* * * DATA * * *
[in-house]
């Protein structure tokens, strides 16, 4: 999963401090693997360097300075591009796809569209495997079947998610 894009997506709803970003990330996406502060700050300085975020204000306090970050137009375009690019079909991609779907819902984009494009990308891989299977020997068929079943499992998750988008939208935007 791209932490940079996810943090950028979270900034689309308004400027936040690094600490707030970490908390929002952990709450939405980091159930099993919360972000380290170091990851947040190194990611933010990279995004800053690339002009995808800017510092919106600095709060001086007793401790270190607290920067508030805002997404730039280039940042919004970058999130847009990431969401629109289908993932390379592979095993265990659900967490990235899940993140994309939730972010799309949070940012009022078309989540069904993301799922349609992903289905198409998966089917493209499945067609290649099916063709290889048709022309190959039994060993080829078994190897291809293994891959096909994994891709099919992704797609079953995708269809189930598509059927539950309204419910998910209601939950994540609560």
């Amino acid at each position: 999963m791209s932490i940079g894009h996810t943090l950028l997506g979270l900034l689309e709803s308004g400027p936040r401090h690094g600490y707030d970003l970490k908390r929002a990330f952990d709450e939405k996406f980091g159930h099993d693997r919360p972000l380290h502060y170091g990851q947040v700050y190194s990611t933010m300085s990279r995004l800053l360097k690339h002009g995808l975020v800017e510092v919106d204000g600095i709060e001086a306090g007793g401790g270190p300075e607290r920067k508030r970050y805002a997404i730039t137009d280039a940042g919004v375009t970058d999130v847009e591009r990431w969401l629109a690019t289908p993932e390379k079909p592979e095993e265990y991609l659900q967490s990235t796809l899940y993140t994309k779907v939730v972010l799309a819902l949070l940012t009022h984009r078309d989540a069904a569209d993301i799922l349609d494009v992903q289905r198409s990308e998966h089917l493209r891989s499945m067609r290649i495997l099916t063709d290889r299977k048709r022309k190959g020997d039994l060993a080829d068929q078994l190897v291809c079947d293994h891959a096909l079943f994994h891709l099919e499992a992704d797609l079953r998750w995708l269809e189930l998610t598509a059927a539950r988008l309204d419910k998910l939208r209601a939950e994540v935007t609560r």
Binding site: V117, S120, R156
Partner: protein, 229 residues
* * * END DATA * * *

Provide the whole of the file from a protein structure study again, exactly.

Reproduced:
[in-house]
């Protein structure tokens, strides 16, 4: 999963401090693997360097300075591009796809569209495997079947998610 894009997506709803970003990330996406502060700050300085975020204000306090970050137009375009690019079909991609779907819902984009494009990308891989299977020997068929079943499992998750988008939208935007 791209932490940079996810943090950028979270900034689309308004400027936040690094600490707030970490908390929002952990709450939405980091159930099993919360972000380290170091990851947040190194990611933010990279995004800053690339002009995808800017510092919106600095709060001086007793401790270190607290920067508030805002997404730039280039940042919004970058999130847009990431969401629109289908993932390379592979095993265990659900967490990235899940993140994309939730972010799309949070940012009022078309989540069904993301799922349609992903289905198409998966089917493209499945067609290649099916063709290889048709022309190959039994060993080829078994190897291809293994891959096909994994891709099919992704797609079953995708269809189930598509059927539950309204419910998910209601939950994540609560």
């Amino acid at each position: 999963m791209s932490i940079g894009h996810t943090l950028l997506g979270l900034l689309e709803s308004g400027p936040r401090h690094g600490y707030d970003l970490k908390r929002a990330f952990d709450e939405k996406f980091g159930h099993d693997r919360p972000l380290h502060y170091g990851q947040v700050y190194s990611t933010m300085s990279r995004l800053l360097k690339h002009g995808l975020v800017e510092v919106d204000g600095i709060e001086a306090g007793g401790g270190p300075e607290r920067k508030r970050y805002a997404i730039t137009d280039a940042g919004v375009t970058d999130v847009e591009r990431w969401l629109a690019t289908p993932e390379k079909p592979e095993e265990y991609l659900q967490s990235t796809l899940y993140t994309k779907v939730v972010l799309a819902l949070l940012t009022h984009r078309d989540a069904a569209d993301i799922l349609d494009v992903q289905r198409s990308e998966h089917l493209r891989s499945m067609r290649i495997l099916t063709d290889r299977k048709r022309k190959g020997d039994l060993a080829d068929q078994l190897v291809c079947d293994h891959a096909l079943f994994h891709l099919e499992a992704d797609l079953r998750w995708l269809e189930l998610t598509a059927a539950r988008l309204d419910k998910l939208r209601a939950e994540v935007t609560r």
Binding site: V117, S120, R156
Partner: protein, 229 residues